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The Clown Show Is Never Far From Queens

I feel bad for Kumar Rocker, but his draft situation was almost to be expected with the clown show which has taken up permanent residence in Queens. It takes a team as historically inept as the Mets to pull off something which may shed some light on a major blight on the sport. My original intention was to write about the fallout from the Major League Baseball trade deadline line last Friday, but this has my attention.

I will start by stating I hate the very concept of the draft in sports. Leagues have been selling for decades the idea the draft is designed to aid in competitive balance within their sports, when in fact the purpose of the draft is to limit the salaries and bargaining power of athletes as they enter the professional ranks. The Major League Baseball, Rule 4, or first-year player draft was instituted in 1965. The first player selected being Rick Monday, well before his days with the Los Angeles Dodgers. Prior to the institution of the draft, the player could sign with any team. This meant that in baseball, like in most industries, the more wealthy organizations could stockpile talent. More savvy sports fans are aware Americans love socialism in their sports, so the system was devised to spread the talent around, taking from the successful teams and allocating it to the less fortunate.

The Major League Player draft is its own special brand of bizarre. The current draft rules incentivize strategies where the most talented players do not end up with the teams with the worst records. This is largely due to the slotting system used to influence signing bonuses after the draft. Each pick is assigned a slot value in terms of a signing bonus. On top of this, each team has a pool of money to spread around to afford the bonuses of the players they select. The Pittsburgh Pirates had the largest bonus pool of $14,394,000. The Houston Astros had the smallest at $2,940,600. There is a strategy commonly employed where teams will seek to reach pre-draft agreements with certain players for signing bonuses that are below the slot value. This was the case with Henry Davis, the top overall pick in this years’ draft. The slot value for the first pick was $8.42M, but Davis agreed to sign with the Pittsburgh Pirates for $6.50M. In theory, this would allow the Pirates to sign players in later rounds for a larger bonus than they were originally slotted. However, this runs counter to the idea the teams with the worst records were supposed to end up with the most talented players in the draft.

Under this set of draft rules, a team that does not sign their first round pick will receive another pick, one place later, in the subsequent draft. A recent example of this is the Houston Astros did not sign the first overall pick in the 2014 draft, Brady Aiken, over concerns his ulnar collateral ligament was not sound. This pick became Alex Bregman being taken second overall in 2015. Aiken ended up blowing out his elbow and was picked 17th overall by Cleveland in 2015.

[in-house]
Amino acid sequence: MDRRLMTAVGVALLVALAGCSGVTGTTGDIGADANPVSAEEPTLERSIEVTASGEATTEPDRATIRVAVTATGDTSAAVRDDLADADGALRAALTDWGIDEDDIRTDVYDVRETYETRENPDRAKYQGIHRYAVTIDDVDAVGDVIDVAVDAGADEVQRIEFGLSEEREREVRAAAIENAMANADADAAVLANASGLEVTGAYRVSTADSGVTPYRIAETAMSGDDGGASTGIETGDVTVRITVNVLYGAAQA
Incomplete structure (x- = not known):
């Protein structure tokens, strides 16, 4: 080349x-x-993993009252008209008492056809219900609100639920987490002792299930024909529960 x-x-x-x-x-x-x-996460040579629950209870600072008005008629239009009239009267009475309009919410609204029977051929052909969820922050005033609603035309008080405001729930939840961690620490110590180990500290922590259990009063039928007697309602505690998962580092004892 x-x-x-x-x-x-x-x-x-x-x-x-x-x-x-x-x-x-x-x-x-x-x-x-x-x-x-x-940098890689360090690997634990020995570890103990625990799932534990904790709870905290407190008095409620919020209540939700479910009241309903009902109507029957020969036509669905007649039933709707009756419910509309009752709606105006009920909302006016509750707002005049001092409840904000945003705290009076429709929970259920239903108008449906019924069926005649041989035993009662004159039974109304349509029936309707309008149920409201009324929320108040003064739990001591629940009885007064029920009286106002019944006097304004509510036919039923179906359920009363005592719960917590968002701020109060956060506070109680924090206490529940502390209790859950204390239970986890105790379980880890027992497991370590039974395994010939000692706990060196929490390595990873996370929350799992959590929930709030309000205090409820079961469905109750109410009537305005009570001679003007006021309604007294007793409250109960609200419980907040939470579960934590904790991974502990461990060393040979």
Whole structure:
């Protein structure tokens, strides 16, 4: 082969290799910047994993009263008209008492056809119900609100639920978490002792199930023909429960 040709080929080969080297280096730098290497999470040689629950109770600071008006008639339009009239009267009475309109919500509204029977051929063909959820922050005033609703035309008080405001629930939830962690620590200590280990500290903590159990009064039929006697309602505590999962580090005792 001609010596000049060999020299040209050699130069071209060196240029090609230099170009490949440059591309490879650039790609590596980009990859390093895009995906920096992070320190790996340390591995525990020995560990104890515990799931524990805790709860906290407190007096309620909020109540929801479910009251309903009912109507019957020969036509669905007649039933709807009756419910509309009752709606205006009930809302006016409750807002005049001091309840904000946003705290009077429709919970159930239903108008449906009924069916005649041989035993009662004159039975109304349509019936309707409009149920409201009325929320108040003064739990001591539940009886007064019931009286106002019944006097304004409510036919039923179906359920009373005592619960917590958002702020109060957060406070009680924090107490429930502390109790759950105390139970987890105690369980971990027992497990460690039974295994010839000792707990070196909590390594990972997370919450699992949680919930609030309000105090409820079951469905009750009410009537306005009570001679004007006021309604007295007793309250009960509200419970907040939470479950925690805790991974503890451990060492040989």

This brings us back to Kumar Rocker. The New York Mets selected Rocker 10th overall. The pick had a value of $4.74M. According to reports, the Mets verbally offered Rocker $6M within days of drafting him. However, the Mets had concerns with what they saw in the medical reports from their team doctors with regard to Rocker’s arm. Rocker did not participate in the pre-draft physical, which is common for most players who are projected to go early in the draft. By Rocker not going through the pre-draft physical, the Mets could reduce his signing bonus to 40% of the slot value ($1,895,960). The Mets had signed all of their draft picks to below, or at slot deals in order to go above the slot value for Rocker. The trainwreck caused by not signing Rocker left the Mets with $878,500 in unused bonus pool money which could have been spent on over slot deals for more talented players, rather than the market rate they paid for college players chosen from rounds 11 through 20. They clearly did plan for not signing Rocker as part of their draft strategy. This is made more irregular since Rocker has not been injured and his camp states nothing is wrong with him. Rocker has said he isn’t returning to Vanderbilt University next season, so he is left to play independent ball or just work out on his own until the next draft.

On Sunday, Mets owner Steve Cohen tweeted “Education time-Baseball draft picks are worth up to 5x their slot value to clubs. I never shy away from investments that can make me that type of return”. This thought process lays bare the disconnect between the ownership class and the average fan. They view players as assets to be bought and sold, rather than flesh and blood human beings. With the Mets in particular, this rings hollow when the team employs Dellin Betances. He has earned the same $6M they promised Rocker in exchange for his one inning of work this season. Hard to find 5x the return there.

It is time for the Major League Baseball Players Association to take the draft (and the minors) seriously in the collective bargaining agreement. Any system which gives teams a way out of agreements with players is a bad one. Some of these draft picks are future members of the players’ union and should be taken care of. I implore fans not to think from the side of team ownership in these deals. Steve Cohen is the wealthiest owner in Major League Baseball. He is worth over $14 billion. So honoring an agreement and paying the player should not be that difficult. “This is clearly not the outcome we had hoped for and wish Kumar nothing but success going forward.” this quote from Mets general manager Zack Scott could be famous last words once Rocker becomes the Mets killer he will almost assuredly become if karma has anything to say about it.

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